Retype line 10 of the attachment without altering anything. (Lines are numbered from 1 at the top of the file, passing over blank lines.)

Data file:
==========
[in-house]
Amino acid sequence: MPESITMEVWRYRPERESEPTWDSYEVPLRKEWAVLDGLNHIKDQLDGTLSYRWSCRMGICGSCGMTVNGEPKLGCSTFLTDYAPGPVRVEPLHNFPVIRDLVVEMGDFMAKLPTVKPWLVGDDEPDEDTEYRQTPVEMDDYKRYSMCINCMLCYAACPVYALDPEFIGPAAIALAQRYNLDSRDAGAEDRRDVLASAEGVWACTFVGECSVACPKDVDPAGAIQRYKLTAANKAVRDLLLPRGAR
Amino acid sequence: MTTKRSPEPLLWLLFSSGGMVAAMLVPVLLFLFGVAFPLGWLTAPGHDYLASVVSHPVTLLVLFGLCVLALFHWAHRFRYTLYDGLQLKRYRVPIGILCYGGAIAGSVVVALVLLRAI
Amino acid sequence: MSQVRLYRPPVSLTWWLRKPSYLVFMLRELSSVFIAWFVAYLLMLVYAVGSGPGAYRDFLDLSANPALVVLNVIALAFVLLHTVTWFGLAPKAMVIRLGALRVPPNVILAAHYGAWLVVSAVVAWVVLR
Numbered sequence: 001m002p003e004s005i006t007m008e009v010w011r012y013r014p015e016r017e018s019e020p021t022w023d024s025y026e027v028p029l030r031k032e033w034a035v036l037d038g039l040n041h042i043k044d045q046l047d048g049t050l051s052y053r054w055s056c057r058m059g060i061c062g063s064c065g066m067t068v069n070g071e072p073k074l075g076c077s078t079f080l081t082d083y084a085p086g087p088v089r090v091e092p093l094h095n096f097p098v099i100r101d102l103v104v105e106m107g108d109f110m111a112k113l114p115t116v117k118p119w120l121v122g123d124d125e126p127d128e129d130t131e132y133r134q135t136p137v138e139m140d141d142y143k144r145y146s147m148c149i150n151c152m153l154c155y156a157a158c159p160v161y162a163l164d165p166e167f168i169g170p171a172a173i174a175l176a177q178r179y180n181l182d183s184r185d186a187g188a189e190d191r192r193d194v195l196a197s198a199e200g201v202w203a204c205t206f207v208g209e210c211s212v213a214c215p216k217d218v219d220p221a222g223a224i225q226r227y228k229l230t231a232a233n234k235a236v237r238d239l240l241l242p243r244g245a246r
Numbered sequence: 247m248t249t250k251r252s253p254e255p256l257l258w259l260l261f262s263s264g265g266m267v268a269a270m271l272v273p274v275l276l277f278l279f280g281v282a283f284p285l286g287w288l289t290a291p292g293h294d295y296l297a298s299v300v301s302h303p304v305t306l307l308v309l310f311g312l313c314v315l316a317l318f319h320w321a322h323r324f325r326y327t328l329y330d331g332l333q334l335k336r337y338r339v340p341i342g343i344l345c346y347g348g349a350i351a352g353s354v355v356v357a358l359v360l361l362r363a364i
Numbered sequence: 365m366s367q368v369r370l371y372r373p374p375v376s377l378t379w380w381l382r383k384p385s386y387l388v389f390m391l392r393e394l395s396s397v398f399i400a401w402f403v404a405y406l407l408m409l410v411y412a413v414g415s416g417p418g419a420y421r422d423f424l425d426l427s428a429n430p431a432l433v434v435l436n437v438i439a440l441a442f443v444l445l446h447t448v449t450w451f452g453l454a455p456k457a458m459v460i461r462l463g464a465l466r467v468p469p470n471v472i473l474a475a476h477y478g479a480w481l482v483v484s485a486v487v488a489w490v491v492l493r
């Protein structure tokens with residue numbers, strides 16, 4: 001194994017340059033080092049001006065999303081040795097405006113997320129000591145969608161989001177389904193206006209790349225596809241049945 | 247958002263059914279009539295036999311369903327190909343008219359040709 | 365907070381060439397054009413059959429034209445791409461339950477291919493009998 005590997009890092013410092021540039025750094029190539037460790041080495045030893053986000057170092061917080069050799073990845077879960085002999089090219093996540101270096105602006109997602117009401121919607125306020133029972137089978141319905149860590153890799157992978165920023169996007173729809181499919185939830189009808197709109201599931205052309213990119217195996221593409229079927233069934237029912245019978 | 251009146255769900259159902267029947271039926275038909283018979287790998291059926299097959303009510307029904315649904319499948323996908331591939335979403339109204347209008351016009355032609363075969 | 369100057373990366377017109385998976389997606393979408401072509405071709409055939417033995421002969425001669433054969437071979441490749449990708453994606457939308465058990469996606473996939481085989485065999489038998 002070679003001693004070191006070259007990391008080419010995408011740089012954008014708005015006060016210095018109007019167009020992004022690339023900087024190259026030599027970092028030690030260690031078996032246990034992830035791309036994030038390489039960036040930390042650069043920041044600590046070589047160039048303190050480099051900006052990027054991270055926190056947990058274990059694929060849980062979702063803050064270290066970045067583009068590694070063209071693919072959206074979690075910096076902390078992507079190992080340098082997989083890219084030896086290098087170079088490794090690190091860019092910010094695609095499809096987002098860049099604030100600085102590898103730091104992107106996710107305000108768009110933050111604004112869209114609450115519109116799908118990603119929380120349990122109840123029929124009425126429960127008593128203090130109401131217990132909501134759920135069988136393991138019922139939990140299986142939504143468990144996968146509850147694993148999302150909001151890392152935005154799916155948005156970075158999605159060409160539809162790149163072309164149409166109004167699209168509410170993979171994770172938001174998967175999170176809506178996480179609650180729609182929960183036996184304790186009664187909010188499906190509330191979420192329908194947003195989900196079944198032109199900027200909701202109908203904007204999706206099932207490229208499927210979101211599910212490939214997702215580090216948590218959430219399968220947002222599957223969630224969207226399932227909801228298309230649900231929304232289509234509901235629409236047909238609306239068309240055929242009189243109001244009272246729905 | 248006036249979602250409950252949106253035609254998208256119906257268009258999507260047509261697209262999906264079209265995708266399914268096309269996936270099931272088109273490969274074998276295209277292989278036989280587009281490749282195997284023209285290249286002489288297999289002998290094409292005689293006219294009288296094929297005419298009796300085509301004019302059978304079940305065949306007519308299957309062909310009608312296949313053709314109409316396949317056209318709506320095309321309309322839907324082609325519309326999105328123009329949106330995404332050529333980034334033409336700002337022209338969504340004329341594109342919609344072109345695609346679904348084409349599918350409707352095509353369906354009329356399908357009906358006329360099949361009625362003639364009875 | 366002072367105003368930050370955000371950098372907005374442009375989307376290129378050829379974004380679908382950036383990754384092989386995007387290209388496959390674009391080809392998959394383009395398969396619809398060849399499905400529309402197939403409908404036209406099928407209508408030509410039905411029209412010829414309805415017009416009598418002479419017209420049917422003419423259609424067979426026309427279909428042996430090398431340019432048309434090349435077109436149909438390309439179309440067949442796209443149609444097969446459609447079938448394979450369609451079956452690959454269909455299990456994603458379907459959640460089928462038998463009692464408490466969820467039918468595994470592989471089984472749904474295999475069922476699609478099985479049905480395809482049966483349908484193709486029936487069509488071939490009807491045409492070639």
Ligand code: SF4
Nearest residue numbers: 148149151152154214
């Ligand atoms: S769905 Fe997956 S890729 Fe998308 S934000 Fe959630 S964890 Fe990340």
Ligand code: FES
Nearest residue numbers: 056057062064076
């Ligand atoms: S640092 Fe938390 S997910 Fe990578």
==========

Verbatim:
Nearest residue numbers: 148149151152154214